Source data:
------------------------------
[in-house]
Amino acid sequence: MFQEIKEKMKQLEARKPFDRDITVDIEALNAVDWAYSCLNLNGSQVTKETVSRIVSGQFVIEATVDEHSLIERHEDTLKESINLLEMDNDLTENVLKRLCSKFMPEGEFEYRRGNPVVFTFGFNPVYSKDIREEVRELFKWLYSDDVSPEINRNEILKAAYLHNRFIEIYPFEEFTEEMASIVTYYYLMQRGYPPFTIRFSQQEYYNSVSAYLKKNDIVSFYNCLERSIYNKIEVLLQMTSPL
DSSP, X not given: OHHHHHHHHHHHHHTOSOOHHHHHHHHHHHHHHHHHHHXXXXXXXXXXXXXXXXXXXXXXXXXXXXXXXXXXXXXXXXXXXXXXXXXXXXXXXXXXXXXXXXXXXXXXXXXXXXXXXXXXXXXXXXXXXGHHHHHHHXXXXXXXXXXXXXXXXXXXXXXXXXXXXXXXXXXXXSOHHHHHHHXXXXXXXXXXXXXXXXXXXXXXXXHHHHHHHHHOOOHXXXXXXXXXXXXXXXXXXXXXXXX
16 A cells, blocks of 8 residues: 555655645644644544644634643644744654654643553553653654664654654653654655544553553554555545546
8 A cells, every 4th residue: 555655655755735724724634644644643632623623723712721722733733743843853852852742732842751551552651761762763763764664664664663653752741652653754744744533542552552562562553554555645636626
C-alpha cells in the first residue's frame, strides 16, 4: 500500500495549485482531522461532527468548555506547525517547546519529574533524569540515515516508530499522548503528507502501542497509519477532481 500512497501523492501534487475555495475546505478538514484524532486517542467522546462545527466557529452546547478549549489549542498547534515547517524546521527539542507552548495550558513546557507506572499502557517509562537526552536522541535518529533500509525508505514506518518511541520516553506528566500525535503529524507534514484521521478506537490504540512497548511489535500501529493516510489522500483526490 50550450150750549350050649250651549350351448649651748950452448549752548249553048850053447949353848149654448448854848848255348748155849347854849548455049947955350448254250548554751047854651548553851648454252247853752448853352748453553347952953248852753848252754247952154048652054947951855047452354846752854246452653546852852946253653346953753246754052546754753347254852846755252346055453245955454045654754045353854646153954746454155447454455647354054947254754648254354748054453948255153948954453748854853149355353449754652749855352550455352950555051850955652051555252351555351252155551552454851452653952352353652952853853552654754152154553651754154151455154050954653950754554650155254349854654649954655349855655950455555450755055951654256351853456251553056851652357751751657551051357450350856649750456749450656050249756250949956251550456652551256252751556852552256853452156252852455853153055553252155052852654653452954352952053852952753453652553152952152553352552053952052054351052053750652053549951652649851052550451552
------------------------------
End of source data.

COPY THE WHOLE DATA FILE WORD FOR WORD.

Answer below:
[in-house]
Amino acid sequence: MFQEIKEKMKQLEARKPFDRDITVDIEALNAVDWAYSCLNLNGSQVTKETVSRIVSGQFVIEATVDEHSLIERHEDTLKESINLLEMDNDLTENVLKRLCSKFMPEGEFEYRRGNPVVFTFGFNPVYSKDIREEVRELFKWLYSDDVSPEINRNEILKAAYLHNRFIEIYPFEEFTEEMASIVTYYYLMQRGYPPFTIRFSQQEYYNSVSAYLKKNDIVSFYNCLERSIYNKIEVLLQMTSPL
DSSP, X not given: OHHHHHHHHHHHHHTOSOOHHHHHHHHHHHHHHHHHHHXXXXXXXXXXXXXXXXXXXXXXXXXXXXXXXXXXXXXXXXXXXXXXXXXXXXXXXXXXXXXXXXXXXXXXXXXXXXXXXXXXXXXXXXXXXGHHHHHHHXXXXXXXXXXXXXXXXXXXXXXXXXXXXXXXXXXXXSOHHHHHHHXXXXXXXXXXXXXXXXXXXXXXXXHHHHHHHHHOOOHXXXXXXXXXXXXXXXXXXXXXXXX
16 A cells, blocks of 8 residues: 555655645644644544644634643644744654654643553553653654664654654653654655544553553554555545546
8 A cells, every 4th residue: 555655655755735724724634644644643632623623723712721722733733743843853852852742732842751551552651761762763763764664664664663653752741652653754744744533542552552562562553554555645636626
C-alpha cells in the first residue's frame, strides 16, 4: 500500500495549485482531522461532527468548555506547525517547546519529574533524569540515515516508530499522548503528507502501542497509519477532481 500512497501523492501534487475555495475546505478538514484524532486517542467522546462545527466557529452546547478549549489549542498547534515547517524546521527539542507552548495550558513546557507506572499502557517509562537526552536522541535518529533500509525508505514506518518511541520516553506528566500525535503529524507534514484521521478506537490504540512497548511489535500501529493516510489522500483526490 50550450150750549350050649250651549350351448649651748950452448549752548249553048850053447949353848149654448448854848848255348748155849347854849548455049947955350448254250548554751047854651548553851648454252247853752448853352748453553347952953248852753848252754247952154048652054947951855047452354846752854246452653546852852946253653346953753246754052546754753347254852846755252346055453245955454045654754045353854646153954746454155447454455647354054947254754648254354748054453948255153948954453748854853149355353449754652749855352550455352950555051850955652051555252351555351252155551552454851452653952352353652952853853552654754152154553651754154151455154050954653950754554650155254349854654649954655349855655950455555450755055951654256351853456251553056851652357751751657551051357450350856649750456749450656050249756250949956251550456652551256252751556852552256853452156252852455853153055553252155052852654653452954352952053852952753453652553152952152553352552053952052054351052053750652053549951652649851052550451552